‘MY LOVE’S LIKE A……..READ, READ BOOK’ AS RABBIE BURNS SUFFERS FROM ‘POETS BLOCK’

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The year is 1794 and money worries have forced the young Rabbie Burns to take up work as a labourer at a farm near Mauchline in East Ayrshire, Scotland. Good fortune has smiled though for it is on this farm the he meets his first true love, young Nelly Kilpatrick.  As the pair wander together amidst the stunning landscape, hand in hand and every so often sharing a furtive kiss Rabbie finds himself – or so he thinks – in the zone to knock out a swift poem for his new found beau yet is stuck as to exactly how to get over the hurdle of the first line!

“Oh Nelly darling I’m feeling a tad flummoxed on the poetry front today. I so want to write a special love poem just for you my sweetheart yet all I’ve got in the locker presently is ‘O my love’s like a red, red……….something!  I mean, a ‘red, red’ what?”

“Well Rabbie I really cannot help you out there as I am quite devoid of poetic skills. Why don’t you just pick a word that reminds you of me? I am so very, very excited though as no boy has ever before written of his love for just me.”

“That is what I’m trying to do Nell…….um….um…..London Bus, they’re red aren’t they.”

“Oh Rabbie you make me sob so likening me to a bus. I mean people say of ugly women that they have a face like the back of a bus. How could you?”

“Sorry Nell – don’t take it the wrong way. What about, ‘My love’s like a red, red Whisky Drinkers Nose. How’s that one?”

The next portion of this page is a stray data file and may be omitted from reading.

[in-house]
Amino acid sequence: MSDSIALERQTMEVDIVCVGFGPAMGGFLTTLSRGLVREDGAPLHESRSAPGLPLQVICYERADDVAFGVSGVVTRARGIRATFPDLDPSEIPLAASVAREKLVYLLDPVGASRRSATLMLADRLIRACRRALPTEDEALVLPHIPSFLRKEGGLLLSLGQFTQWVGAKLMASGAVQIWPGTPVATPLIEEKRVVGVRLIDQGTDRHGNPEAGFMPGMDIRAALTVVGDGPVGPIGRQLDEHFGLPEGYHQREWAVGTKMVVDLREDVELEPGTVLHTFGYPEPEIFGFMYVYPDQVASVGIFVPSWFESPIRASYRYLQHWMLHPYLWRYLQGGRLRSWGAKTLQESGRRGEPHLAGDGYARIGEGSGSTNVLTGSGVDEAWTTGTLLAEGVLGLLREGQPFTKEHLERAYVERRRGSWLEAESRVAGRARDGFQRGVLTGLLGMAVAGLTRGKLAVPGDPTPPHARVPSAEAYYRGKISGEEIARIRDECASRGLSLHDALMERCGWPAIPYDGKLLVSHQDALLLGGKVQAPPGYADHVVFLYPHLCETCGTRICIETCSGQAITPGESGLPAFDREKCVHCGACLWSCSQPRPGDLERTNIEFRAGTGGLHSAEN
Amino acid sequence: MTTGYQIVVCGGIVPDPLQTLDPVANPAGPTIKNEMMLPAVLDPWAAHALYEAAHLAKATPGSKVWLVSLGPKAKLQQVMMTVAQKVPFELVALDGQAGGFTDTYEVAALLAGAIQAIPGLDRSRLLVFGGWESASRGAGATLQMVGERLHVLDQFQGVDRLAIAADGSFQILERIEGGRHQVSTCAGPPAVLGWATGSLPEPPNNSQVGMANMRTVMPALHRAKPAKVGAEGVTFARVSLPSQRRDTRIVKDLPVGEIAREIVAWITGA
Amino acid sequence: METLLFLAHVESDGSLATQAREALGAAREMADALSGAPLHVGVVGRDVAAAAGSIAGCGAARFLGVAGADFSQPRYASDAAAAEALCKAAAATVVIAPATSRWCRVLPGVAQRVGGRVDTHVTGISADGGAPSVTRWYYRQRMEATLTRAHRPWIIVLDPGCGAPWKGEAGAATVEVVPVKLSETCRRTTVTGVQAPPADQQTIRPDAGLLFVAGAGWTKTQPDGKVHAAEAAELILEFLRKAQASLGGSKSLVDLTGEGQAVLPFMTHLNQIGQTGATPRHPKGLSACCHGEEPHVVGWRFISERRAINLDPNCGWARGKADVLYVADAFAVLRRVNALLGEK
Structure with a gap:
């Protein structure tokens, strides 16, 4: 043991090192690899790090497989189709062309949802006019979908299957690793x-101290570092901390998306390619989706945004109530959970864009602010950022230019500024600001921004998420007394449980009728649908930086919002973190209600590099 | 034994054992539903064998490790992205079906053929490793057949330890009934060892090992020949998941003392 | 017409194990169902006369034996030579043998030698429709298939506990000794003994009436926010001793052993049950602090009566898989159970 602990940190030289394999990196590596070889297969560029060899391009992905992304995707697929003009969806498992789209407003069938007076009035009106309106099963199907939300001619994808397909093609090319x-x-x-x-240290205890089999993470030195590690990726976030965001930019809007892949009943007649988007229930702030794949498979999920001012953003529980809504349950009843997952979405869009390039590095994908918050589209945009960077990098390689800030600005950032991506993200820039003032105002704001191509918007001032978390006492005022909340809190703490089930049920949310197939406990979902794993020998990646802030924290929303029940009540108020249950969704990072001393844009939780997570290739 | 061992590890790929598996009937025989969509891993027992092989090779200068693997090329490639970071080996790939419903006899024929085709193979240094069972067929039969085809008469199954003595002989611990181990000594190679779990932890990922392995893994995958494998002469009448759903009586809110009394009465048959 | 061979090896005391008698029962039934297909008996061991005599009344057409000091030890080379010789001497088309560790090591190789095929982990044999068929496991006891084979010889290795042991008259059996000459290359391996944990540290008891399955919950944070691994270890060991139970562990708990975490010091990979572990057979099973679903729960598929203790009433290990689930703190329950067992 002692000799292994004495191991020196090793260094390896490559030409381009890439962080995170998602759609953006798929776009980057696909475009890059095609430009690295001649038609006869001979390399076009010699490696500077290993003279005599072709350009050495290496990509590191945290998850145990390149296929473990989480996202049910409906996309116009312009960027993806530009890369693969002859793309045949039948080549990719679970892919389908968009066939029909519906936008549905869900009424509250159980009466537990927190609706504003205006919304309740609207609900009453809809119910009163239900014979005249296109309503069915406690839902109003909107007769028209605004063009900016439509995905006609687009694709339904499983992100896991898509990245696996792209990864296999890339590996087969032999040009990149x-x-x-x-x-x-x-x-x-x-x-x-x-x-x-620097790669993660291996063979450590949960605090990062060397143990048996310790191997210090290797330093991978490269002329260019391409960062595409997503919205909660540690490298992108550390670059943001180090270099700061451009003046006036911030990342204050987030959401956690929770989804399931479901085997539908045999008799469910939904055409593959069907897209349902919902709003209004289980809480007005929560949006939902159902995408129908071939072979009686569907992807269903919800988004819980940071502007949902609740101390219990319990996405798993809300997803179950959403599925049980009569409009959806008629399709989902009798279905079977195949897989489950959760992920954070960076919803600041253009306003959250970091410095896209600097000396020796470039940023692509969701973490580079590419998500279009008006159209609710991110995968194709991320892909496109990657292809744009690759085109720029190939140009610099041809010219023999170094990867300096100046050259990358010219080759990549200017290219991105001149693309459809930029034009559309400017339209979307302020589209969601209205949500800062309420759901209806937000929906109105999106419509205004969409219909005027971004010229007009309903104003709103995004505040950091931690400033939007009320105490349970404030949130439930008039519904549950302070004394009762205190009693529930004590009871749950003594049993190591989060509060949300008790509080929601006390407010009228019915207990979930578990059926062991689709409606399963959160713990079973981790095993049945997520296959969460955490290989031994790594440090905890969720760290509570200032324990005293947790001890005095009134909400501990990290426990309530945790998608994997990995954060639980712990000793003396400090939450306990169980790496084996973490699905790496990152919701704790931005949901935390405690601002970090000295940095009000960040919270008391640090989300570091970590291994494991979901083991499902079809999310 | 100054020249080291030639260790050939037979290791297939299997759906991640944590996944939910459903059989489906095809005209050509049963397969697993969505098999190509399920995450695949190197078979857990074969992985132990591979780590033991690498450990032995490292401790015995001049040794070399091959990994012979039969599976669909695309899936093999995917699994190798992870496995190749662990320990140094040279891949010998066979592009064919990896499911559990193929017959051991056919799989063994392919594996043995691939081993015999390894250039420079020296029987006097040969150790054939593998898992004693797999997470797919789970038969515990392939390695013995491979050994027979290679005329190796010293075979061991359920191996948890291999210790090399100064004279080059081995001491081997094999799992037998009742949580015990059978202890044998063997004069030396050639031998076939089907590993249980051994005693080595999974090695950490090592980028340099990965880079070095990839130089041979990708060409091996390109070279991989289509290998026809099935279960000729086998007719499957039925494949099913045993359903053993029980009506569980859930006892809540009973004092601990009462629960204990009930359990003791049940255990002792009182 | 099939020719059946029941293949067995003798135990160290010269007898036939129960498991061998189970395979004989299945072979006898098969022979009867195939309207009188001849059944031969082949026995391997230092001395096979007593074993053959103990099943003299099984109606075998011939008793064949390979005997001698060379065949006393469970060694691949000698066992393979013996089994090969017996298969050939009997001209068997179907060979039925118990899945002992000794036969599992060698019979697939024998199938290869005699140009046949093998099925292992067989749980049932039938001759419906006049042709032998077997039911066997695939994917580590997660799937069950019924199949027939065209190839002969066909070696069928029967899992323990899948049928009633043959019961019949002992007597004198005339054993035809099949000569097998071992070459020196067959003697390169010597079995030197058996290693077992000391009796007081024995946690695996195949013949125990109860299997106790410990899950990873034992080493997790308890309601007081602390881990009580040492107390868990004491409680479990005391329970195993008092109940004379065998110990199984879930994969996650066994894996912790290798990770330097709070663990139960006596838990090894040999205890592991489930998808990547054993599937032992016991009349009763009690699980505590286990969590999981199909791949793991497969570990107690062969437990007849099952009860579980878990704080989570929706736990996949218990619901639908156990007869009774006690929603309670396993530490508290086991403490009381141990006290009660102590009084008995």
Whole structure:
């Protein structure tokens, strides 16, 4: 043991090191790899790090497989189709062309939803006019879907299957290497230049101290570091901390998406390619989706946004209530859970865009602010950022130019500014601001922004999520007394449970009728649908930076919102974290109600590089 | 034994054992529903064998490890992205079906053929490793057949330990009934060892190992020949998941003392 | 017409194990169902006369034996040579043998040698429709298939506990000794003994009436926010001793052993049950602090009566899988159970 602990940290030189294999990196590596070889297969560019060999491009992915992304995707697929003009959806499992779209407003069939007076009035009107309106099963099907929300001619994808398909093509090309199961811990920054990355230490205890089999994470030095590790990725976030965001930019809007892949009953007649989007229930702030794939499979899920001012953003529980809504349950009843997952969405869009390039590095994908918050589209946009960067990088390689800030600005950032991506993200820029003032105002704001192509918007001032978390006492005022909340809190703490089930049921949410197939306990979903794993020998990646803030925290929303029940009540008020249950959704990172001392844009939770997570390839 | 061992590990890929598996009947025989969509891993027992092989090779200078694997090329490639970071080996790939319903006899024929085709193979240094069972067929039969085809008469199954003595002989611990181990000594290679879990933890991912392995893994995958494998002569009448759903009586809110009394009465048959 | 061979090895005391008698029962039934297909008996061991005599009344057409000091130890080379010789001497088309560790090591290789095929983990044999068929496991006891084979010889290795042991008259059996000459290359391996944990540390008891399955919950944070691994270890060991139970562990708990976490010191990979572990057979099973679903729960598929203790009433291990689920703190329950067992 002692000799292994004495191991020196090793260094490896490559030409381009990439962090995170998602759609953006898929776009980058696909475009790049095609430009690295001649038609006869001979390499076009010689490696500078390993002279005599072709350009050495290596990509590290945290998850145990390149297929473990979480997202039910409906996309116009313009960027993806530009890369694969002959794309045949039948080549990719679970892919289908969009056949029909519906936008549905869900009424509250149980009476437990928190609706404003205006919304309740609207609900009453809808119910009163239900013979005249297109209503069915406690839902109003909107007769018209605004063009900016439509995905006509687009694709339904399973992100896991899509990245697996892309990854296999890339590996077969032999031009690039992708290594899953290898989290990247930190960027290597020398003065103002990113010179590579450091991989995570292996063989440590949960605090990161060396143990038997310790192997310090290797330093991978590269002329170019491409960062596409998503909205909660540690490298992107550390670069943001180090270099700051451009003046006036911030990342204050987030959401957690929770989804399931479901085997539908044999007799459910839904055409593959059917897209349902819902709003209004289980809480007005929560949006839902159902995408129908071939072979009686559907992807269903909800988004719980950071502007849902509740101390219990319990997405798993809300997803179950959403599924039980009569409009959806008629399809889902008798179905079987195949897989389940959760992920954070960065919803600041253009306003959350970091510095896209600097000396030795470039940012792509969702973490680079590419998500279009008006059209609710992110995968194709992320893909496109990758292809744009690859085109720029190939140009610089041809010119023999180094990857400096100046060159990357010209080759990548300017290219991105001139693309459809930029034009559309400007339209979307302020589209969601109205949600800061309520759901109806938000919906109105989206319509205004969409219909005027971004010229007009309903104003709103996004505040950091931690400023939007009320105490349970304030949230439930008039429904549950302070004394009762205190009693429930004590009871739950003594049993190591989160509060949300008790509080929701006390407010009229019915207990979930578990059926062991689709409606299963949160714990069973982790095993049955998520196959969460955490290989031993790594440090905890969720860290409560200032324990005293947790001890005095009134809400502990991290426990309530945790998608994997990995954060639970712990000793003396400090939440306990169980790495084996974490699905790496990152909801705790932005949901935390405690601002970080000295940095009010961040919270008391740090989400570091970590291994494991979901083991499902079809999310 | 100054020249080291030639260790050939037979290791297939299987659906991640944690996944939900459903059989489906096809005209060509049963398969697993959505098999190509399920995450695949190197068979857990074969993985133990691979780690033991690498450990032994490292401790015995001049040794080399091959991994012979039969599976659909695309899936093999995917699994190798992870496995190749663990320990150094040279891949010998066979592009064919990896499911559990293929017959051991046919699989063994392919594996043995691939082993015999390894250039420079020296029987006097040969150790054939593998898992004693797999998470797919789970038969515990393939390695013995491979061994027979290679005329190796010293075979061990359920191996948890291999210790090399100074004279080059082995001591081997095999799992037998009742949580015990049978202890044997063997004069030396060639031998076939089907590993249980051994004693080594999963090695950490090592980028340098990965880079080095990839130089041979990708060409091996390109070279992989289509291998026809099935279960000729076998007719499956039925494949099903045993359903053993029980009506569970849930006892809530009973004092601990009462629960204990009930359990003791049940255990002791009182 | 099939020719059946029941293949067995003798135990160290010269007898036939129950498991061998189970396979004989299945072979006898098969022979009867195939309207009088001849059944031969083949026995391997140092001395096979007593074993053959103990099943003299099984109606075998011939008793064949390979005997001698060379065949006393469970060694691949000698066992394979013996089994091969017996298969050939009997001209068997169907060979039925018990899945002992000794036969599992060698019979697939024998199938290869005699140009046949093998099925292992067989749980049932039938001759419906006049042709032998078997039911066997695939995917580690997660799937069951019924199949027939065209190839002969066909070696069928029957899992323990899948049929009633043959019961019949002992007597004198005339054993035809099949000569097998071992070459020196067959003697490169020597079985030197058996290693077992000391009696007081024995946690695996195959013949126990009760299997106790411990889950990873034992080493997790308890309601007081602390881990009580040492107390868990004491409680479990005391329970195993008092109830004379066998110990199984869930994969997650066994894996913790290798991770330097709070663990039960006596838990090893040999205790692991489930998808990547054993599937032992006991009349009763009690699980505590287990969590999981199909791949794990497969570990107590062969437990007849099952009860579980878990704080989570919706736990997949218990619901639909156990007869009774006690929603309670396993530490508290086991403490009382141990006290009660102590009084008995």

“Really Rabbie, whisky drinkers noses are all red that is true but they are also pock marked and bulbous and I am neither. Pass me a handkerchief – not one covered in snot mind – in order that I may dab away the tears that are flowing in torrents now.”

“Crumbs this poetry malarkey is a tad more difficult than I presumed. Right here we go again, ‘My love’s like a red, red……..um…..um…….Red Light. That’s more like it I’d say.”

“How could you be so cruel? Do you really see me as a common harlot for they hawk their wares under the red light – or so I believe – and I am not a lady of the night by any way, shape or form?”

“OK I’ll try tomato….no not tomato…….what about blood transfusion in a casualty department of a hospital on a Saturday night in Glasgow?”

“Take me home to father now Rabbie for I can take no more of this.”

“Fine Nell but one last try….you must give me the opportunity for that. You mean so much to me darling.  Here we go again, ‘My love’s like a read, read book.’ You like books don’t you. Anyway that’s the best I can come up with presently. I’ll maybe give it another shot later…..by the way that poesy of red, red roses you are holding is so very beautiful and truly enhances your raven haired beauty. Still mustn’t let my mind wander from the task at hand….now, ‘My love’s like a red, red….oh bollocks this is going nowhere.”

 

 

 


22 thoughts on “‘MY LOVE’S LIKE A……..READ, READ BOOK’ AS RABBIE BURNS SUFFERS FROM ‘POETS BLOCK’

  1. Breaking News . . .

    when redecorating the madhatters, wee butt n ben, some fragments of verse were uncovered scribbled in crayon on the wall